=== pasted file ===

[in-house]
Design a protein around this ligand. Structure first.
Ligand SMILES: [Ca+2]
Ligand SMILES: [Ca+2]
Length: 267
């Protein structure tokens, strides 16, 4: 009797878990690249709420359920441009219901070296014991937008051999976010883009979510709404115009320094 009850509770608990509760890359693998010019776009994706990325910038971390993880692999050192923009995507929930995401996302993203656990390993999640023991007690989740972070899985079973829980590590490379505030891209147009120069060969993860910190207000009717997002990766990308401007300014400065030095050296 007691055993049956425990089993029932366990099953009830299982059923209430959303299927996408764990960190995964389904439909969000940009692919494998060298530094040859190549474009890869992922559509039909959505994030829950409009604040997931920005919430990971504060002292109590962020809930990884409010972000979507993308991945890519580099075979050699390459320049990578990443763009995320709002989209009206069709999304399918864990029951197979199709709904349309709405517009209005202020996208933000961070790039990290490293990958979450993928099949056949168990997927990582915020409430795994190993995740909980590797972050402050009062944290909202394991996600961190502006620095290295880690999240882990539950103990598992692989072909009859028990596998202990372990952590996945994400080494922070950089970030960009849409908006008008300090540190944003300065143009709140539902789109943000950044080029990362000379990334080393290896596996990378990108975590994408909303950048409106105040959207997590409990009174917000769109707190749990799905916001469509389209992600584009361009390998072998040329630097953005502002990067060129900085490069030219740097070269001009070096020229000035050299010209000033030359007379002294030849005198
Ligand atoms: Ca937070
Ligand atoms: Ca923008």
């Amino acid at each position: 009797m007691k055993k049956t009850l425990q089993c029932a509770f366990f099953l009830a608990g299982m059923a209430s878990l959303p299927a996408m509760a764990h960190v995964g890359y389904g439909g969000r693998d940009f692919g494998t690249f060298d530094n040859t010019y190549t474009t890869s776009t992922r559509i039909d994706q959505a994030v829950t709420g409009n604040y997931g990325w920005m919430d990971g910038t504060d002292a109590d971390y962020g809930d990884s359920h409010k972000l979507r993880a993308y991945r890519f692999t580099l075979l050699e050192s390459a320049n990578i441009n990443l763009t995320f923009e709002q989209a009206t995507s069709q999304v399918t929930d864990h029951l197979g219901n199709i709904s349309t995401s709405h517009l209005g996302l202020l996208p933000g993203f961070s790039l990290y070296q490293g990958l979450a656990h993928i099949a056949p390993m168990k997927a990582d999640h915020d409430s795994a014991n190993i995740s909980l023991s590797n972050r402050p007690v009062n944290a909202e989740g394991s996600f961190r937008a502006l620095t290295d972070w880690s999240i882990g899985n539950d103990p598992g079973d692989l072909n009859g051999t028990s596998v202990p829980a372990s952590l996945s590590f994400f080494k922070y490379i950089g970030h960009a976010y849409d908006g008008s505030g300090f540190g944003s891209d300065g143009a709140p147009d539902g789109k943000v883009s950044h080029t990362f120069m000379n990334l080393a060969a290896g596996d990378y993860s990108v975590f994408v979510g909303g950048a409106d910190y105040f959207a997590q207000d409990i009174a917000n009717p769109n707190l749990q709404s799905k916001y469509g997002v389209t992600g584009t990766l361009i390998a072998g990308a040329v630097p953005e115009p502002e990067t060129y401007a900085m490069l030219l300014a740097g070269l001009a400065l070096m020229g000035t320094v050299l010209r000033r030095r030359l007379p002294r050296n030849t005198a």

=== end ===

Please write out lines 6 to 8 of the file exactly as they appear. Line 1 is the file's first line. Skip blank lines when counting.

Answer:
């Protein structure tokens, strides 16, 4: 009797878990690249709420359920441009219901070296014991937008051999976010883009979510709404115009320094 009850509770608990509760890359693998010019776009994706990325910038971390993880692999050192923009995507929930995401996302993203656990390993999640023991007690989740972070899985079973829980590590490379505030891209147009120069060969993860910190207000009717997002990766990308401007300014400065030095050296 007691055993049956425990089993029932366990099953009830299982059923209430959303299927996408764990960190995964389904439909969000940009692919494998060298530094040859190549474009890869992922559509039909959505994030829950409009604040997931920005919430990971504060002292109590962020809930990884409010972000979507993308991945890519580099075979050699390459320049990578990443763009995320709002989209009206069709999304399918864990029951197979199709709904349309709405517009209005202020996208933000961070790039990290490293990958979450993928099949056949168990997927990582915020409430795994190993995740909980590797972050402050009062944290909202394991996600961190502006620095290295880690999240882990539950103990598992692989072909009859028990596998202990372990952590996945994400080494922070950089970030960009849409908006008008300090540190944003300065143009709140539902789109943000950044080029990362000379990334080393290896596996990378990108975590994408909303950048409106105040959207997590409990009174917000769109707190749990799905916001469509389209992600584009361009390998072998040329630097953005502002990067060129900085490069030219740097070269001009070096020229000035050299010209000033030359007379002294030849005198
Ligand atoms: Ca937070
Ligand atoms: Ca923008």